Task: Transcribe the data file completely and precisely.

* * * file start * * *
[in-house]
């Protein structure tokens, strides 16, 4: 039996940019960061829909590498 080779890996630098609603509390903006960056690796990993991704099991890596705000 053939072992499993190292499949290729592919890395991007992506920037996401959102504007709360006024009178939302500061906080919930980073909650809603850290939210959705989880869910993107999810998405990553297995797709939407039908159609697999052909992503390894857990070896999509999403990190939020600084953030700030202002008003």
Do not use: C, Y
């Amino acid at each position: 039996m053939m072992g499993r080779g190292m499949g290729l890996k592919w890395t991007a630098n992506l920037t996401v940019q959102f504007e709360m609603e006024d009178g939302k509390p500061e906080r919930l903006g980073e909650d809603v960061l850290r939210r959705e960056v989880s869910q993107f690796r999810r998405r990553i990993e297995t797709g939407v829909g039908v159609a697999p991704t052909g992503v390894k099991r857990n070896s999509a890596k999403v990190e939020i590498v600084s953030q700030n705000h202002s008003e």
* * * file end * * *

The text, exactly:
[in-house]
């Protein structure tokens, strides 16, 4: 039996940019960061829909590498 080779890996630098609603509390903006960056690796990993991704099991890596705000 053939072992499993190292499949290729592919890395991007992506920037996401959102504007709360006024009178939302500061906080919930980073909650809603850290939210959705989880869910993107999810998405990553297995797709939407039908159609697999052909992503390894857990070896999509999403990190939020600084953030700030202002008003």
Do not use: C, Y
């Amino acid at each position: 039996m053939m072992g499993r080779g190292m499949g290729l890996k592919w890395t991007a630098n992506l920037t996401v940019q959102f504007e709360m609603e006024d009178g939302k509390p500061e906080r919930l903006g980073e909650d809603v960061l850290r939210r959705e960056v989880s869910q993107f690796r999810r998405r990553i990993e297995t797709g939407v829909g039908v159609a697999p991704t052909g992503v390894k099991r857990n070896s999509a890596k999403v990190e939020i590498v600084s953030q700030n705000h202002s008003e």